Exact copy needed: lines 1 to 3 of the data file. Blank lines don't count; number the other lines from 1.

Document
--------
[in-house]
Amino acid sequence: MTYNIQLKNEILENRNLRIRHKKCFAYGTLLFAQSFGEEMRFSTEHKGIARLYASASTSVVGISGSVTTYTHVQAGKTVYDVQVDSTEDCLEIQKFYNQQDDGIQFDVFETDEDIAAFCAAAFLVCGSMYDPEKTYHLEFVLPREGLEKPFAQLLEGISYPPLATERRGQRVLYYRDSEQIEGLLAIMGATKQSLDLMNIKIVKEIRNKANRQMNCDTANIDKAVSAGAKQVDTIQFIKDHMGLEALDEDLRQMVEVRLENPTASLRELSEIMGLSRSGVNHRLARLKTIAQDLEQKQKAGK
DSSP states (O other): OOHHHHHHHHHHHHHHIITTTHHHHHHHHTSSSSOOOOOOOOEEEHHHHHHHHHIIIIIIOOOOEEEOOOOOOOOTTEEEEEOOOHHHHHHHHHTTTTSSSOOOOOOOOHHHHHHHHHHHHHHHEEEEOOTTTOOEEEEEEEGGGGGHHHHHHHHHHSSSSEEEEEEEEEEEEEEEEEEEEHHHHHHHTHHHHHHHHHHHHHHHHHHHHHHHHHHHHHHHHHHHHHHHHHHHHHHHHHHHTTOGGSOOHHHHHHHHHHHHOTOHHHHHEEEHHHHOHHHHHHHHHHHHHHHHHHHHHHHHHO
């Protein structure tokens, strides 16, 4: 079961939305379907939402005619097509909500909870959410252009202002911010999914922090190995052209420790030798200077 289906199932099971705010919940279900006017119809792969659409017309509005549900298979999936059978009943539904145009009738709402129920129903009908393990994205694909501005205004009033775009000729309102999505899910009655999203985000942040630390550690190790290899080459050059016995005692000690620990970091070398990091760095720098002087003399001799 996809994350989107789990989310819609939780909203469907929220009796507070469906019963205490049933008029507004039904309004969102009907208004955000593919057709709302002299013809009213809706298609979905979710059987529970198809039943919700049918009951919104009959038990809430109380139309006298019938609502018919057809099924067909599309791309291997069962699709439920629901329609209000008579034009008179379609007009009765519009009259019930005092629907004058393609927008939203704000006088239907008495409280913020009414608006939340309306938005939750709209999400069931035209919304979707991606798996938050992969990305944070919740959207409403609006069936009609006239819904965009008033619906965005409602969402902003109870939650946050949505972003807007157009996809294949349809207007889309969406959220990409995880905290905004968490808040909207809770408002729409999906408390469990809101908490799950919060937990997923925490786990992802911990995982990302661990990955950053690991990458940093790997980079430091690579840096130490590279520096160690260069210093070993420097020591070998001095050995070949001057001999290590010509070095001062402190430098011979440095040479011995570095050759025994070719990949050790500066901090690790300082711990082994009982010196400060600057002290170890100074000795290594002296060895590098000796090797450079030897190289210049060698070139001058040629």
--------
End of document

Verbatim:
[in-house]
Amino acid sequence: MTYNIQLKNEILENRNLRIRHKKCFAYGTLLFAQSFGEEMRFSTEHKGIARLYASASTSVVGISGSVTTYTHVQAGKTVYDVQVDSTEDCLEIQKFYNQQDDGIQFDVFETDEDIAAFCAAAFLVCGSMYDPEKTYHLEFVLPREGLEKPFAQLLEGISYPPLATERRGQRVLYYRDSEQIEGLLAIMGATKQSLDLMNIKIVKEIRNKANRQMNCDTANIDKAVSAGAKQVDTIQFIKDHMGLEALDEDLRQMVEVRLENPTASLRELSEIMGLSRSGVNHRLARLKTIAQDLEQKQKAGK
DSSP states (O other): OOHHHHHHHHHHHHHHIITTTHHHHHHHHTSSSSOOOOOOOOEEEHHHHHHHHHIIIIIIOOOOEEEOOOOOOOOTTEEEEEOOOHHHHHHHHHTTTTSSSOOOOOOOOHHHHHHHHHHHHHHHEEEEOOTTTOOEEEEEEEGGGGGHHHHHHHHHHSSSSEEEEEEEEEEEEEEEEEEEEHHHHHHHTHHHHHHHHHHHHHHHHHHHHHHHHHHHHHHHHHHHHHHHHHHHHHHHHHHHTTOGGSOOHHHHHHHHHHHHOTOHHHHHEEEHHHHOHHHHHHHHHHHHHHHHHHHHHHHHHO